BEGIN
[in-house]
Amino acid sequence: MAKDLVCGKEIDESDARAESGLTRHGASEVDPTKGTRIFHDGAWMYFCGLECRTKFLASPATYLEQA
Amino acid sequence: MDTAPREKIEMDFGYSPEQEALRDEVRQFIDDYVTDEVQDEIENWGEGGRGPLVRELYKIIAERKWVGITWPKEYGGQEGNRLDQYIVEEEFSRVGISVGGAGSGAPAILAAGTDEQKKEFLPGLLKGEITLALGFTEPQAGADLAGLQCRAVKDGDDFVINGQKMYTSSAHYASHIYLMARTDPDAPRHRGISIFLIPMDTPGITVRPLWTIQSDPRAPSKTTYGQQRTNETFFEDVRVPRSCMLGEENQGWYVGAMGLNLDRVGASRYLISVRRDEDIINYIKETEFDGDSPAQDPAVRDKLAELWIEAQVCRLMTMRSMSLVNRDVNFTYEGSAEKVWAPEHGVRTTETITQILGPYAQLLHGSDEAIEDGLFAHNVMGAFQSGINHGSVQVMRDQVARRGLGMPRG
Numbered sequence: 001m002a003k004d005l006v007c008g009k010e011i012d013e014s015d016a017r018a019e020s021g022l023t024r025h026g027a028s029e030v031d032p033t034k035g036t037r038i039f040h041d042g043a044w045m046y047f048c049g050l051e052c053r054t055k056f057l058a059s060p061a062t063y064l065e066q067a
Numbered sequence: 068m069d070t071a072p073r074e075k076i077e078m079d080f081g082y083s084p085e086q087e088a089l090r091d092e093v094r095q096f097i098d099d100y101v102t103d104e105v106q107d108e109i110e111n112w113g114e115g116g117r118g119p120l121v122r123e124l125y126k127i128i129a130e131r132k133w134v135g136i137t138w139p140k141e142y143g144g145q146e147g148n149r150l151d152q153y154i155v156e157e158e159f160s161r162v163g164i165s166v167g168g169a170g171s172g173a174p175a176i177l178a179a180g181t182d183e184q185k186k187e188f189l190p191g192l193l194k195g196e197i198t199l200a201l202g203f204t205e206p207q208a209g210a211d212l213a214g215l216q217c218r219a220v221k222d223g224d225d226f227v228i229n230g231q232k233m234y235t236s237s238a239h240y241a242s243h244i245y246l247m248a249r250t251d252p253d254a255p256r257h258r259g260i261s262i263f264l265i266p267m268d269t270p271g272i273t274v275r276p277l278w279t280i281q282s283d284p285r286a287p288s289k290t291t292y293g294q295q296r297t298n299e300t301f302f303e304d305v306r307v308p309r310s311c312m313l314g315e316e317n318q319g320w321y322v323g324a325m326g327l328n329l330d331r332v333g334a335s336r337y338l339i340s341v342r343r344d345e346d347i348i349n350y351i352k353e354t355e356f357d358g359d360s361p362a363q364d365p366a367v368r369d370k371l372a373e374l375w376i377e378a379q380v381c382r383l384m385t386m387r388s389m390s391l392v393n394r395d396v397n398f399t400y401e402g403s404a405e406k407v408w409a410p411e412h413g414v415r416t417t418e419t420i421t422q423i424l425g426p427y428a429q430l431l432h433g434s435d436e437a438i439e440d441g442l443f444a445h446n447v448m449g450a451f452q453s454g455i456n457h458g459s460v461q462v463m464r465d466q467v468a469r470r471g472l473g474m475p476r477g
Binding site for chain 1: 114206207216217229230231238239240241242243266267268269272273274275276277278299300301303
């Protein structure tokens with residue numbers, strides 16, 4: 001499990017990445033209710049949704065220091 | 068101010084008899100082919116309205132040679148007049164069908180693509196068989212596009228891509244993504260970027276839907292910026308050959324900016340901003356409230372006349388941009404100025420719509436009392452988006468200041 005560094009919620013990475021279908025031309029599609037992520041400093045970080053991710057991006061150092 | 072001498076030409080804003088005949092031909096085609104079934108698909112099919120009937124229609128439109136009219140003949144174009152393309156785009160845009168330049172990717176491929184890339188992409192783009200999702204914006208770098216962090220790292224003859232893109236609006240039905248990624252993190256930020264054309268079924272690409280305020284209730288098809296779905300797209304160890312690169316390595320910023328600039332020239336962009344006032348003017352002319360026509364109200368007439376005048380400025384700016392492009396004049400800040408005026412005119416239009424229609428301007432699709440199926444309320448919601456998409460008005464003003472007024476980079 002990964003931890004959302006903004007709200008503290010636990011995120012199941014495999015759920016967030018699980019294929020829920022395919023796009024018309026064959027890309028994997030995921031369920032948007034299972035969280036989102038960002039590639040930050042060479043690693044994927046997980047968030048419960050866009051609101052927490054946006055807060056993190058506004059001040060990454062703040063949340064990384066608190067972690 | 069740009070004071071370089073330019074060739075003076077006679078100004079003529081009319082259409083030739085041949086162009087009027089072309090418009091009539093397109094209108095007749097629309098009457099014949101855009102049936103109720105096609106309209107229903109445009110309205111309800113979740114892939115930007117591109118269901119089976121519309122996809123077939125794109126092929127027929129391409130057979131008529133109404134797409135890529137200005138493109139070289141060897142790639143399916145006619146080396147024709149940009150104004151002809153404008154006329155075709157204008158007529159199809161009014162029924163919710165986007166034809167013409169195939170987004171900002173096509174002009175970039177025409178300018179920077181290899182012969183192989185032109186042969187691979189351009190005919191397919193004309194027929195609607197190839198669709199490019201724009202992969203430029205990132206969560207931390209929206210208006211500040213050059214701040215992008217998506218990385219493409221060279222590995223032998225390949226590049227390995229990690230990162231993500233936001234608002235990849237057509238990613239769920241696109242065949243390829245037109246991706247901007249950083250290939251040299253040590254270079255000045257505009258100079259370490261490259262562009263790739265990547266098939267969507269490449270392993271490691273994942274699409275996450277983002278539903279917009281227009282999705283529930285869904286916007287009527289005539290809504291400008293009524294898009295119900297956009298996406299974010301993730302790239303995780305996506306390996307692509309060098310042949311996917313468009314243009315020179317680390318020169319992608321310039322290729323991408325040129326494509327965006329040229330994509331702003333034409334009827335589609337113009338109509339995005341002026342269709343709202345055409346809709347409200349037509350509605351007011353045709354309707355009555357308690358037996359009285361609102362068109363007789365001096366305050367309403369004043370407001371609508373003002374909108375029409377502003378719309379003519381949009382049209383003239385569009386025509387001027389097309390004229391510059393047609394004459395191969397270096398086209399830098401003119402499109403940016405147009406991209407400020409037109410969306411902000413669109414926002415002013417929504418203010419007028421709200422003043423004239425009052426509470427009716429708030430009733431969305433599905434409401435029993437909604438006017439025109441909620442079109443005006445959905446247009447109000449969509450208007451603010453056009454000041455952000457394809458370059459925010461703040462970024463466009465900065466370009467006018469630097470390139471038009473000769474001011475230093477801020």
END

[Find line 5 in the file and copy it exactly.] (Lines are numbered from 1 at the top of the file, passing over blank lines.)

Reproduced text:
Numbered sequence: 068m069d070t071a072p073r074e075k076i077e078m079d080f081g082y083s084p085e086q087e088a089l090r091d092e093v094r095q096f097i098d099d100y101v102t103d104e105v106q107d108e109i110e111n112w113g114e115g116g117r118g119p120l121v122r123e124l125y126k127i128i129a130e131r132k133w134v135g136i137t138w139p140k141e142y143g144g145q146e147g148n149r150l151d152q153y154i155v156e157e158e159f160s161r162v163g164i165s166v167g168g169a170g171s172g173a174p175a176i177l178a179a180g181t182d183e184q185k186k187e188f189l190p191g192l193l194k195g196e197i198t199l200a201l202g203f204t205e206p207q208a209g210a211d212l213a214g215l216q217c218r219a220v221k222d223g224d225d226f227v228i229n230g231q232k233m234y235t236s237s238a239h240y241a242s243h244i245y246l247m248a249r250t251d252p253d254a255p256r257h258r259g260i261s262i263f264l265i266p267m268d269t270p271g272i273t274v275r276p277l278w279t280i281q282s283d284p285r286a287p288s289k290t291t292y293g294q295q296r297t298n299e300t301f302f303e304d305v306r307v308p309r310s311c312m313l314g315e316e317n318q319g320w321y322v323g324a325m326g327l328n329l330d331r332v333g334a335s336r337y338l339i340s341v342r343r344d345e346d347i348i349n350y351i352k353e354t355e356f357d358g359d360s361p362a363q364d365p366a367v368r369d370k371l372a373e374l375w376i377e378a379q380v381c382r383l384m385t386m387r388s389m390s391l392v393n394r395d396v397n398f399t400y401e402g403s404a405e406k407v408w409a410p411e412h413g414v415r416t417t418e419t420i421t422q423i424l425g426p427y428a429q430l431l432h433g434s435d436e437a438i439e440d441g442l443f444a445h446n447v448m449g450a451f452q453s454g455i456n457h458g459s460v461q462v463m464r465d466q467v468a469r470r471g472l473g474m475p476r477g